The High Court is set to hear the first 'right to be forgotten' case in the English courts. The claimant has taken legal action against Google to force the tech giant to delete links to his criminal conviction.
While Google has received 'right to be forgotten' requests since a European Court of Justice ruling in 2014, the firm has retained the right to reject applications if they believe access to the information is in the public interest - Google's refusal has sparked this case.
The case has prompted an interesting debate about online data and reputation - what is said about you online can have a severe impact on your reputation.
It is equally important to pay attention to the online conversation as it is the offline, after all one of the first things a potential client will do is Google your firm. They will pay attention to what is being said, and so should you.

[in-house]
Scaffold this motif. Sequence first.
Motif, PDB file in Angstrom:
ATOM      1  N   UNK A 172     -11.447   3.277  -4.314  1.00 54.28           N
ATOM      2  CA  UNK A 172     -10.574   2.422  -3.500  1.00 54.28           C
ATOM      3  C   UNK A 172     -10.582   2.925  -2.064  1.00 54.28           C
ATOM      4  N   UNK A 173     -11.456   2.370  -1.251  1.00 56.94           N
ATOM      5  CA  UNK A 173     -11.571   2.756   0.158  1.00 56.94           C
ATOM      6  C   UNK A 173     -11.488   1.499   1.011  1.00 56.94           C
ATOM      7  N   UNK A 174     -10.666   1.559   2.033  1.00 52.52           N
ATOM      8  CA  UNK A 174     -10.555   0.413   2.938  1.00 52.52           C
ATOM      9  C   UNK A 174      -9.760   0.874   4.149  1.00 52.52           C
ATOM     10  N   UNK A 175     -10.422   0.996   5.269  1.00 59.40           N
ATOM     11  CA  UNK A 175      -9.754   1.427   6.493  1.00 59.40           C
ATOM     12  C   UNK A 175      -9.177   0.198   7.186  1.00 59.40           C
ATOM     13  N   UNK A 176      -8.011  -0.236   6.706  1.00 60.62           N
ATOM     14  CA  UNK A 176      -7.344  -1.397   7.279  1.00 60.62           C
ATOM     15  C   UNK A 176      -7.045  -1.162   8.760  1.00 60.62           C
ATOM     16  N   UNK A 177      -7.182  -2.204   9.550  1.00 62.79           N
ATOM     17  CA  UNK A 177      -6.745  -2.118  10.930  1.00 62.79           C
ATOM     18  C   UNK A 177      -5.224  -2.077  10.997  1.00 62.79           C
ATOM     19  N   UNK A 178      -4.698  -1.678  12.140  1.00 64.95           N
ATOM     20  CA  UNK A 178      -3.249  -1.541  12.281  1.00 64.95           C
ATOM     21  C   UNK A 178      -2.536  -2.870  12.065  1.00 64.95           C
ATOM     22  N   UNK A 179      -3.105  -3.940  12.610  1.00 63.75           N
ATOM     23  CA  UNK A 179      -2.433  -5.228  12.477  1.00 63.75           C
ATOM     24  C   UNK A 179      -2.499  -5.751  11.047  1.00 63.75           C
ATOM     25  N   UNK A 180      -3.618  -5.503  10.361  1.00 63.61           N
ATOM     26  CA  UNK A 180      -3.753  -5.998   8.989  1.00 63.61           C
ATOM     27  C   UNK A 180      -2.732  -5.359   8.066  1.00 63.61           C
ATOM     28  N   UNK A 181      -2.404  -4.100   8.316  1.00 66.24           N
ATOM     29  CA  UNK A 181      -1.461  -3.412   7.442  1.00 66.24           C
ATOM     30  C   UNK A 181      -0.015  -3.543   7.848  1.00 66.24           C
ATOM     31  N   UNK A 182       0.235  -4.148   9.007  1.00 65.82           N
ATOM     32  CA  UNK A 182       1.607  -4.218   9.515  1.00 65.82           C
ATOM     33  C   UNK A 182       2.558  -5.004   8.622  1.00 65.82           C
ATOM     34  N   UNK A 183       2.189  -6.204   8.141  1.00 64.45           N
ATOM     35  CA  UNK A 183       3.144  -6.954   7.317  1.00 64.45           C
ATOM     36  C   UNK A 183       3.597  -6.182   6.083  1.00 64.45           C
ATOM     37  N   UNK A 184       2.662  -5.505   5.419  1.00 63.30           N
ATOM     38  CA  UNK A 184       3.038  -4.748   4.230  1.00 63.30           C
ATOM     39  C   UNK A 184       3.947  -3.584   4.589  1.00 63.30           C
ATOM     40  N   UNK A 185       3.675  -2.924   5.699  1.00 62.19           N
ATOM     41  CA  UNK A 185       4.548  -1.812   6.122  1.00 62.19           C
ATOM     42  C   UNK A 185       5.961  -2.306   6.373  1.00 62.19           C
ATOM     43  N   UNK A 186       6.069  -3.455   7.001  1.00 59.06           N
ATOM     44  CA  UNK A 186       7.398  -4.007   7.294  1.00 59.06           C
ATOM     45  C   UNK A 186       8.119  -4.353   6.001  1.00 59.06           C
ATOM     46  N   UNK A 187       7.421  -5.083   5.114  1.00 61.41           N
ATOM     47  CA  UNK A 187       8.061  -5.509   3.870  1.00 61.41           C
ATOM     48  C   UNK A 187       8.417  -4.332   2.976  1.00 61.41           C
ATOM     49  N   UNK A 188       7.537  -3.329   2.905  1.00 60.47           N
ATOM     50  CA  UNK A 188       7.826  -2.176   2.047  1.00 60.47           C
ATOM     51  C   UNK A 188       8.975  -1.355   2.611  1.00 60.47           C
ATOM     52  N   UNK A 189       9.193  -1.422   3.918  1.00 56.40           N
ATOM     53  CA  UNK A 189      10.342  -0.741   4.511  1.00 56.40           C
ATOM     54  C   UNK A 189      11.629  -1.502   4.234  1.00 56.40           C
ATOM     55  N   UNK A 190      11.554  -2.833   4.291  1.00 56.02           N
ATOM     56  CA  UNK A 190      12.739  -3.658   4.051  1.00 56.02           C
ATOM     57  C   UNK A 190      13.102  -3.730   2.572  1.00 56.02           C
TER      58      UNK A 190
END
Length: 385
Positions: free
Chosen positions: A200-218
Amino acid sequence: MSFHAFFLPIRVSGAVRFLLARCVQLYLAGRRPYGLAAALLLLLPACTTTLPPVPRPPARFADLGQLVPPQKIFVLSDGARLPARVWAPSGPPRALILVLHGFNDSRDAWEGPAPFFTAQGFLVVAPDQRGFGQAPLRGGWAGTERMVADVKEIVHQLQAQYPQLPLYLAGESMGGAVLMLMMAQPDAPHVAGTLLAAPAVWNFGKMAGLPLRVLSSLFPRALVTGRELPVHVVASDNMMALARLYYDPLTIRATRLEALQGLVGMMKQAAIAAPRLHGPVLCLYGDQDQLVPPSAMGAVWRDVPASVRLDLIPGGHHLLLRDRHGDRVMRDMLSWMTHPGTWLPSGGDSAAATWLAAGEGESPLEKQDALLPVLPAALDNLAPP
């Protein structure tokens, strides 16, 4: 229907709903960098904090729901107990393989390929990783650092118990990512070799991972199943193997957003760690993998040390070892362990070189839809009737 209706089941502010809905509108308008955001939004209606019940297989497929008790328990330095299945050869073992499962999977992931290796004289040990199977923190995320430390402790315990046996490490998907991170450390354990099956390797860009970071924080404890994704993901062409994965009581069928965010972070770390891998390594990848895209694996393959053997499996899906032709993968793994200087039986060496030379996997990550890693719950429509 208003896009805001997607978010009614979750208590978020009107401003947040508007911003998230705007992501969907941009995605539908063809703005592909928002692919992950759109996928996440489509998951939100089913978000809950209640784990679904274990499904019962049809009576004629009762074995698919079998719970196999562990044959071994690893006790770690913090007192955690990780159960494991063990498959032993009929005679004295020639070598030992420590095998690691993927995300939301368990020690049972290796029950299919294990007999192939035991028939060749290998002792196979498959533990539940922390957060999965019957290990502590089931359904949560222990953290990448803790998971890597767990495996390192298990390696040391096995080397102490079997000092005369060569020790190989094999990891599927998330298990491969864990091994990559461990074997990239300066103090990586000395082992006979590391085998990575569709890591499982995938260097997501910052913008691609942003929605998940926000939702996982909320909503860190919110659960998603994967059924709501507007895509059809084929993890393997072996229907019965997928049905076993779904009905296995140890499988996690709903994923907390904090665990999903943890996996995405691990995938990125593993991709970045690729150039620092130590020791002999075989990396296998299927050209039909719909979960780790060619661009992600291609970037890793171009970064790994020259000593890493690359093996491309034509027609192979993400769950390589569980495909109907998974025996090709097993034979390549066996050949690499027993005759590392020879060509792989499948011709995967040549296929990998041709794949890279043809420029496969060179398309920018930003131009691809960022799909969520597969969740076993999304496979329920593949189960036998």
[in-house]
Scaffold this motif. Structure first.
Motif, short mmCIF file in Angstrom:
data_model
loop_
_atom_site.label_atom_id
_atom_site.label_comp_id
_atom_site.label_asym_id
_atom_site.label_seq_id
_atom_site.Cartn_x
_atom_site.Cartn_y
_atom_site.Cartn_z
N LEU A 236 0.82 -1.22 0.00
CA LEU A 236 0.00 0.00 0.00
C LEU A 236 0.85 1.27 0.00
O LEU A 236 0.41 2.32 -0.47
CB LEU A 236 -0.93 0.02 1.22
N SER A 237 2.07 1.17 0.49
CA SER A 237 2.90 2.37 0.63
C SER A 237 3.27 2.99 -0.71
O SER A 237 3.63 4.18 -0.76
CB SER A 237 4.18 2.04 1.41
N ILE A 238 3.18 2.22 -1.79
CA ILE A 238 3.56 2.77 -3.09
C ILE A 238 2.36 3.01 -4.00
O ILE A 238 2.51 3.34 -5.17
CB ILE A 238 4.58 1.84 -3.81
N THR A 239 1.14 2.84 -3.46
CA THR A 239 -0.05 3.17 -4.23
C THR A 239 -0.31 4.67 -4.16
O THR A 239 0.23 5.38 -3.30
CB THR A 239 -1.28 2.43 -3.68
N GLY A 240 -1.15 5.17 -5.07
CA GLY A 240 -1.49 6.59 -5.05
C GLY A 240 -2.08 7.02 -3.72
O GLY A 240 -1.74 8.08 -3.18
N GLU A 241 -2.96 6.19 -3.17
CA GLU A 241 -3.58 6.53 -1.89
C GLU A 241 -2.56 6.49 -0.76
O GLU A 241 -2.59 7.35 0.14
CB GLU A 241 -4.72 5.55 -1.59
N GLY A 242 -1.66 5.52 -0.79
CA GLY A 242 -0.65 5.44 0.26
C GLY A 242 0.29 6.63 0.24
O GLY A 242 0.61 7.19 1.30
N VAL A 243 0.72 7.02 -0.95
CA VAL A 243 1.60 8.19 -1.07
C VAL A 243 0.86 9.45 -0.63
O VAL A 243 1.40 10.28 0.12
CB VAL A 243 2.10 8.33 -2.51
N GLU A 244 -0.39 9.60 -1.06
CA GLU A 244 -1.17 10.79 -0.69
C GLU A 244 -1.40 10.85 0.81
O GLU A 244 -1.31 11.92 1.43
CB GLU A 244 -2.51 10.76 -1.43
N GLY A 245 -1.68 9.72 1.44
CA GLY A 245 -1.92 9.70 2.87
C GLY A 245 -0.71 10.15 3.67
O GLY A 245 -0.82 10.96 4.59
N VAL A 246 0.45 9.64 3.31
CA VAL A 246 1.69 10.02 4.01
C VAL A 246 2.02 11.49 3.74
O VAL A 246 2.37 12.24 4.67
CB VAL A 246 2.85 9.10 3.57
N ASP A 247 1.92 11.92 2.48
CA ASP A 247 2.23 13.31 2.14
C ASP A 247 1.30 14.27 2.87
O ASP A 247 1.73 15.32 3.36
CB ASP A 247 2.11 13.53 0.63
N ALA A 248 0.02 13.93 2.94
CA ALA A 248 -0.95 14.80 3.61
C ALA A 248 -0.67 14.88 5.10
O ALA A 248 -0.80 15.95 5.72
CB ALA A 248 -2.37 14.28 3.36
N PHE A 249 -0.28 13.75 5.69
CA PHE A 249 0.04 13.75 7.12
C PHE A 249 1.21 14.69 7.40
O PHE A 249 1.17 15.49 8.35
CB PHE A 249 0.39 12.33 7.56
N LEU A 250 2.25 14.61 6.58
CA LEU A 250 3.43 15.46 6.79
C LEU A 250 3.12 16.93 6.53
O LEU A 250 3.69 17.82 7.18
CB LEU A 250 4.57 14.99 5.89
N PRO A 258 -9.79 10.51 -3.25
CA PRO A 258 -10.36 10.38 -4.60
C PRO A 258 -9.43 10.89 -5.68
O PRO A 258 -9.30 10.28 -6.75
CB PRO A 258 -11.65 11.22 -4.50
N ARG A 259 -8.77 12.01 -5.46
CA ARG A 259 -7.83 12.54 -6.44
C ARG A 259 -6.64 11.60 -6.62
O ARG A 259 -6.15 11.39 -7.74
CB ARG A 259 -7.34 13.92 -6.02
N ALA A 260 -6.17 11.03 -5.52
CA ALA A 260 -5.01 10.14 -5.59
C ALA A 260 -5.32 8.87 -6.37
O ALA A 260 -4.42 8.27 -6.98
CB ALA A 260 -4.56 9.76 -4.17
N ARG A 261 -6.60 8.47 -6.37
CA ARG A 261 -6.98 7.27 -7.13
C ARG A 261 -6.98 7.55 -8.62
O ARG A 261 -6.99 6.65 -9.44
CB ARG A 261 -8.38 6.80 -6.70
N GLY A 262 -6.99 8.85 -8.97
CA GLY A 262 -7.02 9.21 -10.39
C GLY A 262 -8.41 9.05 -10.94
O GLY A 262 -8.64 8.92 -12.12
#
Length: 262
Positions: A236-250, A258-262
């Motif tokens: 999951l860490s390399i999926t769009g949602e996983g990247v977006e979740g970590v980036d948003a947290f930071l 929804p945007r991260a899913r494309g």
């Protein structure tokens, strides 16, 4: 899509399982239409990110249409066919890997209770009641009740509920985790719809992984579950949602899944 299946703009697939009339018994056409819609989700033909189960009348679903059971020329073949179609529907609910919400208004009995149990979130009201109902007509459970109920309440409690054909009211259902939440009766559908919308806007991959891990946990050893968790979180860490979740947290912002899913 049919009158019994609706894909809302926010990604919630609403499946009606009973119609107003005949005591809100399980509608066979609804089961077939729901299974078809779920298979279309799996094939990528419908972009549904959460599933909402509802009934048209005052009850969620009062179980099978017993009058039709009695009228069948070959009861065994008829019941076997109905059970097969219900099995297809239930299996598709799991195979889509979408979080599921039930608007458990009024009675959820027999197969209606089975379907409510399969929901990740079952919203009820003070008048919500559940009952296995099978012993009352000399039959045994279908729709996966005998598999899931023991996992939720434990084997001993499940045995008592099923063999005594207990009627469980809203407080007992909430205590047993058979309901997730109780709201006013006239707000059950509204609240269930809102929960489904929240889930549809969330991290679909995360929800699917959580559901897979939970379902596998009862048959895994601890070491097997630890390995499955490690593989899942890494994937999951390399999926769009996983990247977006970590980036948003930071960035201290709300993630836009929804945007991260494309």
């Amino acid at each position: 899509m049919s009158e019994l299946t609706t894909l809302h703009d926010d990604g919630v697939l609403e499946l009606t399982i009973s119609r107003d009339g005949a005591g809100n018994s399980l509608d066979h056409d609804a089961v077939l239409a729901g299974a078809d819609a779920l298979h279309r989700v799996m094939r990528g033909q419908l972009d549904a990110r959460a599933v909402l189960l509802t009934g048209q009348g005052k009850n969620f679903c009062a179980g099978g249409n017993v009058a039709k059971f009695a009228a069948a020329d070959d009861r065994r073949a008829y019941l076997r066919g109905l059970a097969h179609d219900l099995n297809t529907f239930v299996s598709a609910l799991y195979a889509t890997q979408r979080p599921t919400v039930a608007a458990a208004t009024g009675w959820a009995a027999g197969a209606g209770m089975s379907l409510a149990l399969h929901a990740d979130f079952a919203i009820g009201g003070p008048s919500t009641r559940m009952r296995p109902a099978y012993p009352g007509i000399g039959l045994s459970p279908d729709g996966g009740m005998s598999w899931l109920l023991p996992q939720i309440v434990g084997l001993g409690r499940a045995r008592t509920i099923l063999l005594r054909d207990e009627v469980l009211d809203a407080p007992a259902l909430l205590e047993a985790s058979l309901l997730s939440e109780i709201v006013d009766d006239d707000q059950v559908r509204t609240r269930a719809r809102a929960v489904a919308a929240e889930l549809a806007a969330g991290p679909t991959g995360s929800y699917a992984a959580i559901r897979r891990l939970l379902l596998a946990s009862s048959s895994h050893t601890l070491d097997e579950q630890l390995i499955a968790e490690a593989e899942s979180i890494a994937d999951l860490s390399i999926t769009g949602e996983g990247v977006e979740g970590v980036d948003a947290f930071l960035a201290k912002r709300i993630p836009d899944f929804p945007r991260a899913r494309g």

The High Court case, which starts today, will be monitored by convicted criminals and others who want embarrassing stories erased from the web. In 2014 the European Union’s Court of Justice ruled that “irrelevant” and outdated data should be erased on request. That case was brought by a Spanish man who claimed that Google infringed his privacy by linking to information about his home repossession.